SOLUTION: Switch Windows 10 from RAID/IDE to AHCI operation

PSA: You should not be attempting these fixes unless you’re a professional!  And it goes without saying, you will ALWAYS need your local admin password, recovery media, and backups of your data before fooling around with low-level storage driver configuration — or really anything else for that matter.  See the comments section below for examples of a couple of people who ran into mishaps after encountering other underlying issues or forgetting their admin password before starting the process.  PROCEED AT YOUR OWN RISK!

It’s not uncommon to find a system on which RAID drivers have been installed and something like the Intel Rapid Storage Technology package is handling storage devices, but where an SSD might require AHCI operation for more optimal performance or configurability. In these cases, there is in fact a way to switch operation from either IDE or RAID to AHCI within Windows 10 without having to reinstall.  Here’s how.

  1. Right-click the Windows Start Menu. Choose Command Prompt (Admin).
    1. If you don’t see Command Prompt listed, it’s because you have already been updated to a later version of Windows.  If so, use this method instead to get to the Command Prompt:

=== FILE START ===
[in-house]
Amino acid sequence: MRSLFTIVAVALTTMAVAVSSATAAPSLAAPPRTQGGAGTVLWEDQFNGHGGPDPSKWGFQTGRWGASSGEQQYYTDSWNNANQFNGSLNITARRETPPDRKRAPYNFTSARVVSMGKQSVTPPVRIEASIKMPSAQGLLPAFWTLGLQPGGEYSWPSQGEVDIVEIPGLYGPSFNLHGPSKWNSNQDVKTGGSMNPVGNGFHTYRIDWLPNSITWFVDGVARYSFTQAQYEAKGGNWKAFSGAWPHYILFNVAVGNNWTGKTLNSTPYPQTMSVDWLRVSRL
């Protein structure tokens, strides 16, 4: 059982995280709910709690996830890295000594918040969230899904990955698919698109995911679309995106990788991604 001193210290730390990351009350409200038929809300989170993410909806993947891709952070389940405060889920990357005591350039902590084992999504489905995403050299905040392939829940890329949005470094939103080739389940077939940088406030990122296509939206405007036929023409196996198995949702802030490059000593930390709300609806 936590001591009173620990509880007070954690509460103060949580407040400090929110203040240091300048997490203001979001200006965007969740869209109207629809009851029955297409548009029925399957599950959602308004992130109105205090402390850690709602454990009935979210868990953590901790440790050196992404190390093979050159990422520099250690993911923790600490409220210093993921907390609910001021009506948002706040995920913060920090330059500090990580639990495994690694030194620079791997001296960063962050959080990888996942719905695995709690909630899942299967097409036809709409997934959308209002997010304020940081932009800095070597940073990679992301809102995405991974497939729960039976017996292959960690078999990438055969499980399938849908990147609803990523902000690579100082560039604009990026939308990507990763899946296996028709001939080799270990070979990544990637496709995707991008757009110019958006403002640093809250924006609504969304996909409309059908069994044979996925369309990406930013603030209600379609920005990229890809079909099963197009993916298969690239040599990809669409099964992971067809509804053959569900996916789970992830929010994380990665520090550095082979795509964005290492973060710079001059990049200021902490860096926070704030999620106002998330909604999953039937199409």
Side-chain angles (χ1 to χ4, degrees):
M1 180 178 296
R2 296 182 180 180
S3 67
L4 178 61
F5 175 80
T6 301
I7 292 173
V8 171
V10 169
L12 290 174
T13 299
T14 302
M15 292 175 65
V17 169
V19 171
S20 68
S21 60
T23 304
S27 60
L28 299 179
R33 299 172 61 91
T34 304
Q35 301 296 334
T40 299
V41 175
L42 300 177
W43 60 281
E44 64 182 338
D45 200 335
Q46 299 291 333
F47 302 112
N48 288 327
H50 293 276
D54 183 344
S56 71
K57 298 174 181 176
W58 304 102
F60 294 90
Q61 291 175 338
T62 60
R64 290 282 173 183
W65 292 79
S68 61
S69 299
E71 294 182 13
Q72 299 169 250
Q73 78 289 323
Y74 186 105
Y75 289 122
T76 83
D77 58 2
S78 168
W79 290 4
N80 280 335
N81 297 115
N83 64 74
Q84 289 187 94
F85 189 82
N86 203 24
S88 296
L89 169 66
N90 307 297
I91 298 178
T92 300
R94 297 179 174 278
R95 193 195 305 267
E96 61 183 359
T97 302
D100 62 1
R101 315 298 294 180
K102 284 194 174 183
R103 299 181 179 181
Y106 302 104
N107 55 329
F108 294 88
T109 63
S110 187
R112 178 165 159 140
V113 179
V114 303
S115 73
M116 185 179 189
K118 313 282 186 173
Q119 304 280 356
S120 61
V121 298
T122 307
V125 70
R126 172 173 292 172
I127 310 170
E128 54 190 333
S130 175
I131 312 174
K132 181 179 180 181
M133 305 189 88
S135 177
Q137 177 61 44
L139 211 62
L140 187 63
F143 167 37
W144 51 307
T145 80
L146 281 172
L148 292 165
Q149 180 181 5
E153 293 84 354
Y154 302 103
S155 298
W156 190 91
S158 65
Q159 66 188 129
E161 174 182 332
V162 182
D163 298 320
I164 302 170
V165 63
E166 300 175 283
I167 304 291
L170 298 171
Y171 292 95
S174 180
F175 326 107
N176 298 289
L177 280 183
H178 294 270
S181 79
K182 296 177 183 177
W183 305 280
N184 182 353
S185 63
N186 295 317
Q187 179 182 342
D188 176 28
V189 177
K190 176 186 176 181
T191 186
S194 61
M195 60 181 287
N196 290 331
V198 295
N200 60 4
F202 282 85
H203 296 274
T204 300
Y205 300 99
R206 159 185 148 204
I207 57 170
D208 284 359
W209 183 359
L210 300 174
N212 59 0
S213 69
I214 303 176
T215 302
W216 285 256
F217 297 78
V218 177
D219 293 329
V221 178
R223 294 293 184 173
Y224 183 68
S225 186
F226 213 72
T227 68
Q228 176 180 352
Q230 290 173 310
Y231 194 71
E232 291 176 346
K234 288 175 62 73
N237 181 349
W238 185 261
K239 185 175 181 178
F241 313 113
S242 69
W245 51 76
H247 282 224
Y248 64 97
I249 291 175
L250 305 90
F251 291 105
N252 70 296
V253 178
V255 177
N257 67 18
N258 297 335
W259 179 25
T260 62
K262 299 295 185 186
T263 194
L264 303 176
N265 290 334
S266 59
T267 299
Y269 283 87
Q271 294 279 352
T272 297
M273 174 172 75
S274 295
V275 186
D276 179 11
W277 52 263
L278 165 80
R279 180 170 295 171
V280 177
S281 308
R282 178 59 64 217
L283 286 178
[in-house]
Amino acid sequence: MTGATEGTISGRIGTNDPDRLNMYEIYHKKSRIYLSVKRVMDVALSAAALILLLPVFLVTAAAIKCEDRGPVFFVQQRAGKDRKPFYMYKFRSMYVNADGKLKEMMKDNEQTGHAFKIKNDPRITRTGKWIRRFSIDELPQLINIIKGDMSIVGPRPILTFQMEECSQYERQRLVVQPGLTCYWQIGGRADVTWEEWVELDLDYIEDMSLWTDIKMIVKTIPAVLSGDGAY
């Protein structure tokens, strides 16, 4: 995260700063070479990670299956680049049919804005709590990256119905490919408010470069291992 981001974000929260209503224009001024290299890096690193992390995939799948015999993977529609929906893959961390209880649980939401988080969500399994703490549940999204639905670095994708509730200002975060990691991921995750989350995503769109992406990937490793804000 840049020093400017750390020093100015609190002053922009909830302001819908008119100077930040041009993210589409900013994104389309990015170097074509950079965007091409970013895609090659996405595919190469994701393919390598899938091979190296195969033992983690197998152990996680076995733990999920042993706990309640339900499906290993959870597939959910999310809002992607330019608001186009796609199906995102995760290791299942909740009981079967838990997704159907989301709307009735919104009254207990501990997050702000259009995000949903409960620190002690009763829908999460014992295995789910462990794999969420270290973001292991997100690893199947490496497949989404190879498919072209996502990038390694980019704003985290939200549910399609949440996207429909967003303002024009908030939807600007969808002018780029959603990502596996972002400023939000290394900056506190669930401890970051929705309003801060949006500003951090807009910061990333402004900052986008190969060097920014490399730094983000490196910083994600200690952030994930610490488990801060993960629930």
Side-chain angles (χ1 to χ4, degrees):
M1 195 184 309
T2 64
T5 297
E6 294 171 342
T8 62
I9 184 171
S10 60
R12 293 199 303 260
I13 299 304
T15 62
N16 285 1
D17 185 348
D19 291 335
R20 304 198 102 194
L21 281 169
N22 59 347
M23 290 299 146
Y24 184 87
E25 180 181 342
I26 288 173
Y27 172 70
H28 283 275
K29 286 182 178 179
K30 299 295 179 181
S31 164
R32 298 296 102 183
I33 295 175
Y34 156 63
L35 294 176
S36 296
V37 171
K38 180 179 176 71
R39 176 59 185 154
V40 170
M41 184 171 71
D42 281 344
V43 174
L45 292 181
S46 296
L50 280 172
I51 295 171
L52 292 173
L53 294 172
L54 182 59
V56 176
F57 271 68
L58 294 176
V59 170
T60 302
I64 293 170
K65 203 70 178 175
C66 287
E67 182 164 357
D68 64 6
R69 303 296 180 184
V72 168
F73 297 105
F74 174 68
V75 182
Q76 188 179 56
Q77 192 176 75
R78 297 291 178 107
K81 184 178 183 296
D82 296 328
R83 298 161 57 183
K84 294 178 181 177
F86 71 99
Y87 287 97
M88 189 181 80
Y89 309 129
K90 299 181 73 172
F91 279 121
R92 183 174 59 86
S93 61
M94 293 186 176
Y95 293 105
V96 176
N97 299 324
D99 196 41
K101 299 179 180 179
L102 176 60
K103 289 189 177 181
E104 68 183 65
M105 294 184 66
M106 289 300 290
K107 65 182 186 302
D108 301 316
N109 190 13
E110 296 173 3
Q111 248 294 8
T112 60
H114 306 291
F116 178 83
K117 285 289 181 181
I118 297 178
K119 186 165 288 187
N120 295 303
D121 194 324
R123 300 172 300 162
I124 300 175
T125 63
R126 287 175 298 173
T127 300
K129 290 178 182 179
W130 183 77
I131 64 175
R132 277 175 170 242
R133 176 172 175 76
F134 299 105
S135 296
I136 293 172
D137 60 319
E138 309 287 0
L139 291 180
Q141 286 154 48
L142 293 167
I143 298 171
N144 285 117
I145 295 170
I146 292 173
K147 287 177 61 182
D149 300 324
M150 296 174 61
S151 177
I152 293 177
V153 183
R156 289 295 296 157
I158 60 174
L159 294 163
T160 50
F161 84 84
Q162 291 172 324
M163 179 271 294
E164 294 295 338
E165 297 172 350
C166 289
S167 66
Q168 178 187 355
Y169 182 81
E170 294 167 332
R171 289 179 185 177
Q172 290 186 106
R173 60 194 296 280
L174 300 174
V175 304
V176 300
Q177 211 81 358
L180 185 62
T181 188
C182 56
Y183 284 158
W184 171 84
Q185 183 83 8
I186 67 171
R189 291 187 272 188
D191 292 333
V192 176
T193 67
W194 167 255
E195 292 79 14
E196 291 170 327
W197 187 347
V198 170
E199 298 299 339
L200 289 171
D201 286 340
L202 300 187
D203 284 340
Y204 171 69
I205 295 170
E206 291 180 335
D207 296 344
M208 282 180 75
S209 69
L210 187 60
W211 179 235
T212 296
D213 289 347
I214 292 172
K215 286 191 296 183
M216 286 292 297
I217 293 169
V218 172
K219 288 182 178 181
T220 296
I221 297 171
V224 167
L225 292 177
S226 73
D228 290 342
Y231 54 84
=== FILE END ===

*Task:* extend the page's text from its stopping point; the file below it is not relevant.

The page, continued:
1. Click the Start Button and type cmd
      2. Right-click the result and select Run as administrator
  2. Type this command and press ENTER: bcdedit /set {current} safeboot minimal
    1. If this command does not work for you, try bcdedit /set safeboot minimal
  3. Restart the computer and enter BIOS Setup (the key to press varies between systems).
  4. Change the SATA Operation mode to AHCI from either IDE or RAID (again, the language varies).
  5. Save changes and exit Setup and Windows will automatically boot to Safe Mode.
  6. Right-click the Windows Start Menu once more. Choose Command Prompt (Admin).
  7. Type this command and press ENTER: bcdedit /deletevalue {current} safeboot
    1. If you had to try the alternate command above, you will likely need to do so here also: bcdedit /deletevalue safeboot
  8. Reboot once more and Windows will automatically start with AHCI drivers enabled.

That’s all there is to it!  Special thanks to Toobad here for outlining this procedure.

Update 8/2/17:  Thanks also to Aalaap Ghag for clarification of instructions for those who have already updated to the Creators Update.  Thanks also to those who wrote in about removing {current} to make this work for some users.